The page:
Problem solved.

Over time, Barton Brothers became increasingly aware of the perils of her job while her love for then-trainer Frank Brothers, now her husband, deepened. It became difficult for the two of them to be apart. She retired in 1998 and joined him at Fair Grounds, where an opportunity to conduct post-race interviews on weekends became available.

Barton Brothers and John Asher at Kentucky Derby fesitivities in 2012.
Barton Brothers and the late John Asher at Kentucky Derby fesitivities in 2012. (Eclipse Sportswire)

She quickly realized that, while she was accustomed to being interviewed, her new role presented a very different challenge.

“It immediately hit me that, like being a jockey, this was a lot harder than it looked,” she said, “because I never had to ask the questions before.”

She adapted to reporting as quickly as she had to being a jockey and found herself in demand by other outlets. She was reporting from the paddock at Churchill Downs in 2000 when NBC, having just acquired the rights to broadcast the Triple Crown races, arrived there to prepare for future telecasts.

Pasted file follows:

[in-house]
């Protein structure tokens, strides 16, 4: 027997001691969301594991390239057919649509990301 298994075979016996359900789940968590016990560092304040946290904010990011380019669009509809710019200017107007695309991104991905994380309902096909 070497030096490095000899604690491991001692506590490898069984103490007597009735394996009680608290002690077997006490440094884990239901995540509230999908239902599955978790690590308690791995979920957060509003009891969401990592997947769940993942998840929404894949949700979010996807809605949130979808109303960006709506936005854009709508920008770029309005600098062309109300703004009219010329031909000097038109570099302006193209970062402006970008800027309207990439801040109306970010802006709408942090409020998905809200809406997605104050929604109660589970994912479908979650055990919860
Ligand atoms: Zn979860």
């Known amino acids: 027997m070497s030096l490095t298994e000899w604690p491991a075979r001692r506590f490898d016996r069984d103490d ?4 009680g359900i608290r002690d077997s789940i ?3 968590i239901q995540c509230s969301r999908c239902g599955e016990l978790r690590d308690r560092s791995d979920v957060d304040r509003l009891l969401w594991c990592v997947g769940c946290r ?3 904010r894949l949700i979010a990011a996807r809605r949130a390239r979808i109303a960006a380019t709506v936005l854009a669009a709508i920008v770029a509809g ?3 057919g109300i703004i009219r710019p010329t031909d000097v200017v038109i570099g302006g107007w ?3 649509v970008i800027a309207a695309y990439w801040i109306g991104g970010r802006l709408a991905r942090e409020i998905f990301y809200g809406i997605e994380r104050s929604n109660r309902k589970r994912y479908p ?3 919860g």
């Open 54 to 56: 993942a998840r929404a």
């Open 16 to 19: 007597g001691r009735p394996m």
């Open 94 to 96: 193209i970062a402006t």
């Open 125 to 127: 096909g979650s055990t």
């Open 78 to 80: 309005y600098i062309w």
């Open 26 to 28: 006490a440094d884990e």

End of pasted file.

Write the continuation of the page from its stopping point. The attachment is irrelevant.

Hammond said NBC was searching for a female analyst and he recommended Barton Brothers, who was hired.

“I took her under my wing from that point on,” Hammond said, “because she didn’t have a lot of announcing experience and she had, as Donna always does, a million questions.”

That, of course, is part of her preparedness. She soon began to thrive in the unusual role of being an on-horseback reporter, interviewing jockeys and capturing the emotion of the moment immediately after they won major races.

“She was a natural,” Hammond said. “And I can’t say enough about how difficult it is for her to perform her job on horseback. It’s an amazing job.”

Her handiwork is widely applauded. In 2014, Sports Illustrated cited her as the year’s best sideline reporter. “Always smart and prepared with her questions, she’s a huge part of a consistently excellent NBC production,” Richard Deitsch wrote.

Barton Brothers, 54, thoroughly enjoys her work for NBC.

“It’s a wonderful way to be involved with the sport you love and at the highest level because I get to cover all the best races,” she said. “I love everything about it.”

Most would say that Barton Brothers followed one dream job with another.

Fun Facts

  • Serves as chief operating officer for Starlight Racing
  • Wrote “Inside Track: An Insider’s Guide to Horse Racing” (now in second edition)
  • Has covered the Hambletonian, World Equestrian Games, and professional bull riding, among other events
  • Involved with Thoroughbred Women’s Network, which pairs young women interested in a racing career with mentors
  • Teaches yoga at Maryhurst Alternative School in Louisville
  • Avid skier who makes several trips per year in search of good conditions
  • Credits meditation with helping to eliminate on-air nervousness